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JANUARY 2000 | VOL. 4, NO. 1



A Measure of Distance | Sheldon A. Miller


And They Died Happily Ever After | George Kashdan

KENNETH A. CHAMPEON, a math teacher by trade, who resides in Portland, Oregon, is a contributing writer for Renaissance Online. His work has appeared in Toward Freedom and Intercultural Writers' Review.


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Personal experience had borne this out in my case, and had at that time been no less artlessly expressed. But I also knew the tragic addendum, which was that it didn't eliminate, if it did diminish, my interest in them, nor Matt's. Toy had him, however little she had intended it (and I think it was, after all, quite as little as to be nothing at all) and he would be back at the Pub as soon he was able, to try to wrench her sexual orientation in a direction more favorable to him.

Most of what I knew of their relationship from beginning to end came second-hand as she most commonly stayed publicly so aloof from him as to almost appear ashamed, while he respected this if he did not fully understand it. Meanwhile, from him I heard that they had bar-hopped until 3 a.m. together this night, had taken a motorbike up to Pai that other day; finally, I heard, third-hand this time, that she deigned to permit him a kiss. Had it not been for the reek of gallons of hard alcohol and the tempered veracity with which these transactions must have been lubricated, a third party, me for example, might have seen in this all of the innocent hope of nascent romantic love. As it was, I saw a terribly lonely sop trying to seduce a woman too polite to refuse his attentions.

The tropics have gained notoriety for inducing in visitors to them a license in many cases far surpassing that of the locals, but Matt's license can be attributed to the availability and low cost of potent liquor prevalent in Thailand, rather than something in the undrinkable water or the often unbreathable air. He brought his death drive in his valise, as it were. Thailand only provided the ideal setting: for the drive, tropical life in profusion; for death, the concomitant natural decay.

Thus it was that one night, after Matt had gotten fairly bagged and we stopped to get cash from an ATM, he as fairly disappeared. We had told him that we would pick him up in a few minutes; those few minutes elapsed, and then a score. We had a prior and a rather time-sensitive commitment, and though he had the same, he thought fit to evaporate. We left, with only half-hearted compunction.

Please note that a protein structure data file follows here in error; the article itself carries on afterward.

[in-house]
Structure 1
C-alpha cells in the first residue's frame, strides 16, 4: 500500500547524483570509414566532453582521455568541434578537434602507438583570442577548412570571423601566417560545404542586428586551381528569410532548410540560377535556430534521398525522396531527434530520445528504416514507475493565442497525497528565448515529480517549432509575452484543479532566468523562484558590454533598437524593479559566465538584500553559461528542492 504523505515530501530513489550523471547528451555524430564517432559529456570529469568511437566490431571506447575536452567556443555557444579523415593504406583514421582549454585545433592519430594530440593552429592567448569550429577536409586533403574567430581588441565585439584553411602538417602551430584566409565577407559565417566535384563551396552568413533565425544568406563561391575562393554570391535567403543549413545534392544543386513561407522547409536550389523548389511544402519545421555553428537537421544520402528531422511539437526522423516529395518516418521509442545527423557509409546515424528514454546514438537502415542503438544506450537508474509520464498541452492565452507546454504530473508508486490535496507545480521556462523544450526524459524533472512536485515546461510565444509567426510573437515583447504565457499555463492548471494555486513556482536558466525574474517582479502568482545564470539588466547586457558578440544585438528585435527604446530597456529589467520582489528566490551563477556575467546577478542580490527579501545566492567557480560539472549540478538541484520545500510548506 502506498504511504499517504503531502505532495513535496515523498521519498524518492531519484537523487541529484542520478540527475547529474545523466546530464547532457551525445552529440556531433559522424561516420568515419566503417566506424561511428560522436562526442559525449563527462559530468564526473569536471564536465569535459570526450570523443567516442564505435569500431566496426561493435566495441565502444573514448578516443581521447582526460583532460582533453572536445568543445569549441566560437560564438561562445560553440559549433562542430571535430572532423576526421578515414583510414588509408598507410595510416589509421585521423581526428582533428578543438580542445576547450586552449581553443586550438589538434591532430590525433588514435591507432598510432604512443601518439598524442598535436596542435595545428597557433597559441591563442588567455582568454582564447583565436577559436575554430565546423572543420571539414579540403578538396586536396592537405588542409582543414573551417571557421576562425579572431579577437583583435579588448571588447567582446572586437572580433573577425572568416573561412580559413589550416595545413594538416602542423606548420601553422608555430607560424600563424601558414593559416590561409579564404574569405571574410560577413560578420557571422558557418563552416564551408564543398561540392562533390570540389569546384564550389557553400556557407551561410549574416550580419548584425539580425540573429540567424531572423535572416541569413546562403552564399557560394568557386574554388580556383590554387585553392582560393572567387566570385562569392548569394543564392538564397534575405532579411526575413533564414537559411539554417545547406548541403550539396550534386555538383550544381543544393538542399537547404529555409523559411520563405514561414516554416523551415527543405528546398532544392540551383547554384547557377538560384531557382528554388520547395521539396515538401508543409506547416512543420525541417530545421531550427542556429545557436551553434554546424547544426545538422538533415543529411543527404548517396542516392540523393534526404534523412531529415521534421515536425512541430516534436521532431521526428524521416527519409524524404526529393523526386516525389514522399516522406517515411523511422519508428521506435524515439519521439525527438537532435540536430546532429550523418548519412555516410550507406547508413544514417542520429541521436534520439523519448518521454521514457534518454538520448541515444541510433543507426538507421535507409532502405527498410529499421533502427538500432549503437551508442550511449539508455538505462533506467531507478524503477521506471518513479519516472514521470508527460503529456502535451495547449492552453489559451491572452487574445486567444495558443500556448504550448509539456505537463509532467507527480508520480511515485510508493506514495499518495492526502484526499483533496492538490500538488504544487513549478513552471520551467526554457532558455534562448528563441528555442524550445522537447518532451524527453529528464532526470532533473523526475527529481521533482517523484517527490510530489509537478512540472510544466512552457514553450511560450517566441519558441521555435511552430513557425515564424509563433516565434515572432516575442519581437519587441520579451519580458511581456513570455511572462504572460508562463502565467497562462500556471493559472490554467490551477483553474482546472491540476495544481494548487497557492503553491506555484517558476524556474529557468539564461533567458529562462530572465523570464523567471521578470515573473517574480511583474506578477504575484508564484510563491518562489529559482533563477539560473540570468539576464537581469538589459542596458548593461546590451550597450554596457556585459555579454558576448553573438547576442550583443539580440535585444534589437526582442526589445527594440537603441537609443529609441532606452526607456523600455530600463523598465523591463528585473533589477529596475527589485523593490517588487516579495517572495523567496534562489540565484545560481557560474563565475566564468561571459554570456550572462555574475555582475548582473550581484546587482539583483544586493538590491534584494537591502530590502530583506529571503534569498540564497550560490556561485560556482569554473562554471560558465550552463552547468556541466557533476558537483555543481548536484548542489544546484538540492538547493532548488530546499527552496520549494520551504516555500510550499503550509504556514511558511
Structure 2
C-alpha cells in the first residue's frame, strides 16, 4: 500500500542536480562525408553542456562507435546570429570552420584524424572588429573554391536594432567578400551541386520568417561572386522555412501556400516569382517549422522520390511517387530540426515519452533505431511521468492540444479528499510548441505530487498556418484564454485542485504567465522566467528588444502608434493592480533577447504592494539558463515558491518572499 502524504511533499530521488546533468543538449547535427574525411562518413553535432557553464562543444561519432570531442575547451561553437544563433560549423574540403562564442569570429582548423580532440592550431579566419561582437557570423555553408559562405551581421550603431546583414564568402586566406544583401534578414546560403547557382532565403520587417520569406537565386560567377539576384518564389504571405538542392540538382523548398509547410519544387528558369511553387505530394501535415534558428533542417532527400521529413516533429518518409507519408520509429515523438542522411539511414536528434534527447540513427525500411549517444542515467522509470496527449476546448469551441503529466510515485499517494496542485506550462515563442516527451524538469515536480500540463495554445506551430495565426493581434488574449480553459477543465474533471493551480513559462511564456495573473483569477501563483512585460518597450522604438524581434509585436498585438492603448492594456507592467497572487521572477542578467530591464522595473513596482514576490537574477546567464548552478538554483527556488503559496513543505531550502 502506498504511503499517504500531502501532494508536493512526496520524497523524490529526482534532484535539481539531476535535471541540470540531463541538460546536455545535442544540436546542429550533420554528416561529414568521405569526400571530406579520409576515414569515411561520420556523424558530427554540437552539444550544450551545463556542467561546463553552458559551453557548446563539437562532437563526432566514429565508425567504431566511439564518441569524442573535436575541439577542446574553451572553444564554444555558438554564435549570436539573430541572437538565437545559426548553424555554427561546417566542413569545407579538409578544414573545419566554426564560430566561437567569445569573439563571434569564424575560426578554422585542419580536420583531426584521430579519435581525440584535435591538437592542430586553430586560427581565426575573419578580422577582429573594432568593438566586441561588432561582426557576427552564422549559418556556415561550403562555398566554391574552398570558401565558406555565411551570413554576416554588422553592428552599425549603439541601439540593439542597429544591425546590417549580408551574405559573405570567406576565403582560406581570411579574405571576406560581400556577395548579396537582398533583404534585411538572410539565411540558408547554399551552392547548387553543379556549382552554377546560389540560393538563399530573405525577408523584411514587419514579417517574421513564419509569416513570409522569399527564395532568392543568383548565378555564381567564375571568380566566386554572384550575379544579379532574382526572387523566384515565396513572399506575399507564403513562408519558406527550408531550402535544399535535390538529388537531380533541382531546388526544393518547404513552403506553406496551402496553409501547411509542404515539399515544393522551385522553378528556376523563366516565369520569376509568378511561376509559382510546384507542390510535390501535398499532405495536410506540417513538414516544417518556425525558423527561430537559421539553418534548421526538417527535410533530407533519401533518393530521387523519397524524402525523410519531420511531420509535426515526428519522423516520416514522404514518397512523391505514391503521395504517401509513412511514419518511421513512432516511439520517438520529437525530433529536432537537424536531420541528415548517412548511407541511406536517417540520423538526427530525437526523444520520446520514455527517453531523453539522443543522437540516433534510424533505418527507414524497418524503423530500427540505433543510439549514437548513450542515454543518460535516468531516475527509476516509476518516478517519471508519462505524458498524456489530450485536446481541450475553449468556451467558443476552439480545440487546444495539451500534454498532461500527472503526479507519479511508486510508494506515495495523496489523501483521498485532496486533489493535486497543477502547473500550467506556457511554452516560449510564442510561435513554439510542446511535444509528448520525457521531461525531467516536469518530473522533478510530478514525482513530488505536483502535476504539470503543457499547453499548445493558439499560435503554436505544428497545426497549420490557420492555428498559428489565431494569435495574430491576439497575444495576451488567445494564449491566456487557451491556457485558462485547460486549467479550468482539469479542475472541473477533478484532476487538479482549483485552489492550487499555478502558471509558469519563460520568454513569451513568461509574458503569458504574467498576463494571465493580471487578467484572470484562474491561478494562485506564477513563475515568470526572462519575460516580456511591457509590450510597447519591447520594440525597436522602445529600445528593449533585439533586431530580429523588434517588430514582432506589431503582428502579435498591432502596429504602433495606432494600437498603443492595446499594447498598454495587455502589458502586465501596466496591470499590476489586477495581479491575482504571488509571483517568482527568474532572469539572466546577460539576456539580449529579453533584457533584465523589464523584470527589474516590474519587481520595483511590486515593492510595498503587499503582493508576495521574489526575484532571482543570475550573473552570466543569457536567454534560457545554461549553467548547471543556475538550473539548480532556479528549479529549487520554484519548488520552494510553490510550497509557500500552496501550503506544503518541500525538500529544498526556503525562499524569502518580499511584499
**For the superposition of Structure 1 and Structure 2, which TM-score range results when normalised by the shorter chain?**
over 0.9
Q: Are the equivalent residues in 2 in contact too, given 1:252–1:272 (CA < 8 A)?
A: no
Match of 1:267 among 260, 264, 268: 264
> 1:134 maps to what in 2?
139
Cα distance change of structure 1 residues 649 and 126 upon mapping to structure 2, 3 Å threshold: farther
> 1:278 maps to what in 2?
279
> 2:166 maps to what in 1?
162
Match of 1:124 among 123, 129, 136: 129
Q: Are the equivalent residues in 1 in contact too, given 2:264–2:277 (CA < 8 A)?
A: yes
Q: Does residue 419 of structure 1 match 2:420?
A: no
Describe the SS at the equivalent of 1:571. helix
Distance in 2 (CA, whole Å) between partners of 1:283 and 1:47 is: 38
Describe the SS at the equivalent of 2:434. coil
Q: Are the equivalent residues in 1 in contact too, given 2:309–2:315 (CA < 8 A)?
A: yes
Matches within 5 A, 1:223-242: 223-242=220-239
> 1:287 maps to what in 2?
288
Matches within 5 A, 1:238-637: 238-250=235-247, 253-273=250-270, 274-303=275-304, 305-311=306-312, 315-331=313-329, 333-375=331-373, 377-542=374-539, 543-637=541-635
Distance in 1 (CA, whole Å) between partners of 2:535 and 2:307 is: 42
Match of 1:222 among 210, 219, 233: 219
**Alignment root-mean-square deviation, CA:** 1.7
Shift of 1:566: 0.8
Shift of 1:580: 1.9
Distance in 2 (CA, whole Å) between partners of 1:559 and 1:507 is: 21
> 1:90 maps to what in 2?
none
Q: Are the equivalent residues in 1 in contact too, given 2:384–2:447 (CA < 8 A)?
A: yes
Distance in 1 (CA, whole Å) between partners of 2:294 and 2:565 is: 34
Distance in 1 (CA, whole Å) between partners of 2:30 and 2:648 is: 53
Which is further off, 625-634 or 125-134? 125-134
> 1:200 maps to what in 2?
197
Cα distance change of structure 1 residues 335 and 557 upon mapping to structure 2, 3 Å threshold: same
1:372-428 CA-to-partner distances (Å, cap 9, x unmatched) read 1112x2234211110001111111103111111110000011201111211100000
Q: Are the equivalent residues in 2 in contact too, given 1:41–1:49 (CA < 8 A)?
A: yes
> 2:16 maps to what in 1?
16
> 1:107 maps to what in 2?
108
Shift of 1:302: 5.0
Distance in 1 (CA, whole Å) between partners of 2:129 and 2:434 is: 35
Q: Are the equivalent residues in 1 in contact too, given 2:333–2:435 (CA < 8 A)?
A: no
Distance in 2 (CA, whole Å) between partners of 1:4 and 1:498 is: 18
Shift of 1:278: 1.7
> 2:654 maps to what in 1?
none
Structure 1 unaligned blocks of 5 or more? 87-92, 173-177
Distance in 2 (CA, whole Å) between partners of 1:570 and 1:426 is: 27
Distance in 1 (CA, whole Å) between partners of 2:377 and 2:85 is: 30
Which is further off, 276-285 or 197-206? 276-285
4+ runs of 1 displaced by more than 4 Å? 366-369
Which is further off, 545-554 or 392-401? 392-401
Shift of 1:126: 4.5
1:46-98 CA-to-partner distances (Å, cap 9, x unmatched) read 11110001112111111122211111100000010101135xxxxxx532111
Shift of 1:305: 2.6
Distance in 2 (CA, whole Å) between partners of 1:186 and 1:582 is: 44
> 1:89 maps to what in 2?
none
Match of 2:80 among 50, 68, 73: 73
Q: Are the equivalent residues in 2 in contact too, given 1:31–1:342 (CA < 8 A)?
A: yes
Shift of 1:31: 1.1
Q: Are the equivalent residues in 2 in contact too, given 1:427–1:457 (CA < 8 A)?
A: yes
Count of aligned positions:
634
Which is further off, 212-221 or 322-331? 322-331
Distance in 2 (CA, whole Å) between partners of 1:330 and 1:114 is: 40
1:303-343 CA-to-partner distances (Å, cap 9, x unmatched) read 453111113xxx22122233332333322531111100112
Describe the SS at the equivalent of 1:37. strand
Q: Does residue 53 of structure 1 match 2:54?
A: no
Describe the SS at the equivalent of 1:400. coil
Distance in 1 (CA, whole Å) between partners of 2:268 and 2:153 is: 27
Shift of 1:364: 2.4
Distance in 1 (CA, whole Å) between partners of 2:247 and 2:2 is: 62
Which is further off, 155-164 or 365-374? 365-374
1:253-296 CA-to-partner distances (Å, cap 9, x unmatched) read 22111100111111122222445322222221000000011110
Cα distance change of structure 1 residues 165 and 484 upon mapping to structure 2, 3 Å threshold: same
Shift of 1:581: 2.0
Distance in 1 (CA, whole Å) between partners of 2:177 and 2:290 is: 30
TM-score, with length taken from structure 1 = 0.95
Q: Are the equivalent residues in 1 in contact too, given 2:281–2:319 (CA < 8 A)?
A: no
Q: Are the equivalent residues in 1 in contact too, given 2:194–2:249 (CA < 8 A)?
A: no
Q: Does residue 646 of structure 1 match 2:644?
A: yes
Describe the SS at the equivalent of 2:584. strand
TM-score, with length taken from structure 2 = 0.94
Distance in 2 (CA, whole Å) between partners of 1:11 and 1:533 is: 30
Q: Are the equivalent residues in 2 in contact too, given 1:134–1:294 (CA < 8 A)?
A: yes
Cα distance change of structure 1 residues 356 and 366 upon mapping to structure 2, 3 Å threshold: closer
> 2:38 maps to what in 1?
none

As we left him, Matt was scarcely equipped to make his own heart beat, much less drive, yet drive he did. A motorcycle no less, and through some of the most curve-ridden country in all of creation, arriving without a scratch, and without obvious indignation at his erstwhile chauffeur. And he continued, as if nothing had happened, to pound them back.

The ride home was not so well-fated. Taking the tricky turn into the driveway leading to his apartment, he was thrown from his bike and nearly into the throes of a concussion. He lay there for some time before the building's guards peeled him from the ground and led him to what was quite probably the soundest and at the same time most fundamentally disconcerted sleep of his life. My dormant faith in the God who looked out for drunks and children--as Matt was much of one and quite a lot of the other--was stirred.

If Matt's instinct for self-preservation found an expression so indirect as to be nearly mute--and I still believe that such acts as flipping off a motorbike evidenced such an instinct, inasmuch as he was happy in every moment leading up to it, and being happy, or at least not depressed, he could therefore continue to live--his instinct for preserving his genes continued to find expression in devotion to Toy. For the golden moment had come and passed. He had conquered the lesbian fortress! Excelsior! Amen! Et resquiat in pacem! Surely this discharge of misconceived masculinity and fluids was among the greatest perversions of creation conceivable, by a, at best, tragic-comically inclined Creator.

One of the last times he would see her would be at her birthday party, held with all due allegiance to the cause of comradery at Rendezvous Pub. He dutifully bought her a birthday present (colored pens and tracing paper) and she brimmed with tepid gratitude. From my tipsy remove, I yet could have strung the unspoken words of that evening out to the farthest known star and back with enough slack to swing light-year loops for eons. But I could not, the oh-so-human limitation of human scale being what it is, have seen the happy virus setting up shop in my friend.

And, who knows! Possibly it was doing no such thing! But what a cruel dispensation would Fate be indicted with, were Matt's last jeremiads against the Thai sex-workers' insidious calls to him as "friend" and "handsome"--all of these pleas to share the burden of the HIV time-bomb that they carried so pathetically on their lovely shoulders--were these jeremiads to have been more properly acted upon in the case of his perfect girl!

Something after the manner of an 'O, Bartleby!' seems apposite here, but I can only feebly place it within inverted commas. I wish I were a prohibitionist so that I could curse the drink! A preacher so I could damn fornication! What should one be but a fool, to accuse a virus!

Nothing. But nothing, indeed.

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